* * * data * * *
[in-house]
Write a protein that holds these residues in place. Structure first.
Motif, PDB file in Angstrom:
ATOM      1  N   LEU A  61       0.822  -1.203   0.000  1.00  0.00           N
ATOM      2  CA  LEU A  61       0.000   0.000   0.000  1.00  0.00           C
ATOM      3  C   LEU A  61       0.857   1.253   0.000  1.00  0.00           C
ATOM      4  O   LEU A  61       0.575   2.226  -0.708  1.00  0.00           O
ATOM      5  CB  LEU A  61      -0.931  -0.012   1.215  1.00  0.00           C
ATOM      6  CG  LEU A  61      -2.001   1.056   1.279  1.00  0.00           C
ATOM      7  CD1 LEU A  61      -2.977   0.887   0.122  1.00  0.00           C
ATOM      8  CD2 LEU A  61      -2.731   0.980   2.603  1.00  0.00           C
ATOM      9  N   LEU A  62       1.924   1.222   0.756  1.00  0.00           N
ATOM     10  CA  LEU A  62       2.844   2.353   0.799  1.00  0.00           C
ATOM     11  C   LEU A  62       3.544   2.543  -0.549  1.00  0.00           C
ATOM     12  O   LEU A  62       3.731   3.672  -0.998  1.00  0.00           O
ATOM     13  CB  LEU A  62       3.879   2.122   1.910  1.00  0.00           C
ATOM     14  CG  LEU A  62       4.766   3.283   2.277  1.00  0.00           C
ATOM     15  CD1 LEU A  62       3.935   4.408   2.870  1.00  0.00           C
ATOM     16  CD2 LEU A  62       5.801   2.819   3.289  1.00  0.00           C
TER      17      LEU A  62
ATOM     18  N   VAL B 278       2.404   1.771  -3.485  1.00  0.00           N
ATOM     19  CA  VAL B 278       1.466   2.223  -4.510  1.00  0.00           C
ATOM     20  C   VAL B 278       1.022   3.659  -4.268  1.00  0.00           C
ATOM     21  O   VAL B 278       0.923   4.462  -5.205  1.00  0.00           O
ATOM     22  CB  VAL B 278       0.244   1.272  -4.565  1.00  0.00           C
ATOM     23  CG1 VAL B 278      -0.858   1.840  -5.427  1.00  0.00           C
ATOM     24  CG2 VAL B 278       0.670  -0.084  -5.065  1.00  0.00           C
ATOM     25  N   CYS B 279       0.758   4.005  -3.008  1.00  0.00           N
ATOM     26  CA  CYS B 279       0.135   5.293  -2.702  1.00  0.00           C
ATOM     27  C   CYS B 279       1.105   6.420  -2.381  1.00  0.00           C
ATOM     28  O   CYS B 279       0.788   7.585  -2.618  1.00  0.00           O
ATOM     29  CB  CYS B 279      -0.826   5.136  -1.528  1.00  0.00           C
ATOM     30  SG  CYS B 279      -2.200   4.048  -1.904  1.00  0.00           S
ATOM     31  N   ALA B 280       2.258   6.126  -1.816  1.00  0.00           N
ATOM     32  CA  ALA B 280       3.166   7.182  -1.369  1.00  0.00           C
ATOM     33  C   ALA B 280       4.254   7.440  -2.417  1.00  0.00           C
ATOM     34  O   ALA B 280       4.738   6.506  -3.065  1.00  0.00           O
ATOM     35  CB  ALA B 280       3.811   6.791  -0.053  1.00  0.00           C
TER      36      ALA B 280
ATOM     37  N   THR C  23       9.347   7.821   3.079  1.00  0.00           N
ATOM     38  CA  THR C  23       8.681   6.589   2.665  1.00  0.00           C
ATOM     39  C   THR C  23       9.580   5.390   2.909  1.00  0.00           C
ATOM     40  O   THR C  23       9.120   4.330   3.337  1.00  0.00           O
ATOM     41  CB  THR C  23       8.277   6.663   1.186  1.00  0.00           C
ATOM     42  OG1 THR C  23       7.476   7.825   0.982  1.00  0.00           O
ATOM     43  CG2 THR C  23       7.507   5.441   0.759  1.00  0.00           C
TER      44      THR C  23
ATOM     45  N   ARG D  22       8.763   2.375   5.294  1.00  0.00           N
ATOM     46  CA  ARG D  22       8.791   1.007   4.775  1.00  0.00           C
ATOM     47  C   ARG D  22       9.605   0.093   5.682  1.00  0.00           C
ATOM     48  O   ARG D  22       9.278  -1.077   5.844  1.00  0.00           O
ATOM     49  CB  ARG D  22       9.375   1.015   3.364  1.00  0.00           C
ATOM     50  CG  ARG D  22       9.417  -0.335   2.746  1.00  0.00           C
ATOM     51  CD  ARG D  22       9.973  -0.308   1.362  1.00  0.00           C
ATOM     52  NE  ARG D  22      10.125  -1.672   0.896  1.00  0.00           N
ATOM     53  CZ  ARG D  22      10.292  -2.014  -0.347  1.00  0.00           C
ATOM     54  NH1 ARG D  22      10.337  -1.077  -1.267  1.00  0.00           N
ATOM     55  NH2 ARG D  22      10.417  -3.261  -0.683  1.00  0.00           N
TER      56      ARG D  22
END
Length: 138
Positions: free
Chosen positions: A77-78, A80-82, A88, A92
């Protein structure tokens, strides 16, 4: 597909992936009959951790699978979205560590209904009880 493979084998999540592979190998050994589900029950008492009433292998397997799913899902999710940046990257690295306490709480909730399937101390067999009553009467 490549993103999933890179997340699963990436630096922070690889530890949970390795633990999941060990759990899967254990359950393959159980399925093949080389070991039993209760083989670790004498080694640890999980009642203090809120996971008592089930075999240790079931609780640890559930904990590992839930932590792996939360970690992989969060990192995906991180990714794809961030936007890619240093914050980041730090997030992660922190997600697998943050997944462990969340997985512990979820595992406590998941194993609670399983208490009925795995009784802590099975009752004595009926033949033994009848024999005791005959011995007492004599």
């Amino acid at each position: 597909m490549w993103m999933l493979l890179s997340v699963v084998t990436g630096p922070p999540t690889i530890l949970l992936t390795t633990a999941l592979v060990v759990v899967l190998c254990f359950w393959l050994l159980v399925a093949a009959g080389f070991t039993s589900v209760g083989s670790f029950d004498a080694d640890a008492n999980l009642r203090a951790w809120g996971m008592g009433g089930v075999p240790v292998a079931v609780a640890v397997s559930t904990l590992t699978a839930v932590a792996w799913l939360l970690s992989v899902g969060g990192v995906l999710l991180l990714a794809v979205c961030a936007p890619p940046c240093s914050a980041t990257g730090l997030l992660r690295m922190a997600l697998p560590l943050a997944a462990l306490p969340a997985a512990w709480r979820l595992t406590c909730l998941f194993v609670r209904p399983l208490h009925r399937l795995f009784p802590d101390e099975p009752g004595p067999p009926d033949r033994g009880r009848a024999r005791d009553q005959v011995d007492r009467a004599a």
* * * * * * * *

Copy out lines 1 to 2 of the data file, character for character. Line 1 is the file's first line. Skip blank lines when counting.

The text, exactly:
[in-house]
Write a protein that holds these residues in place. Structure first.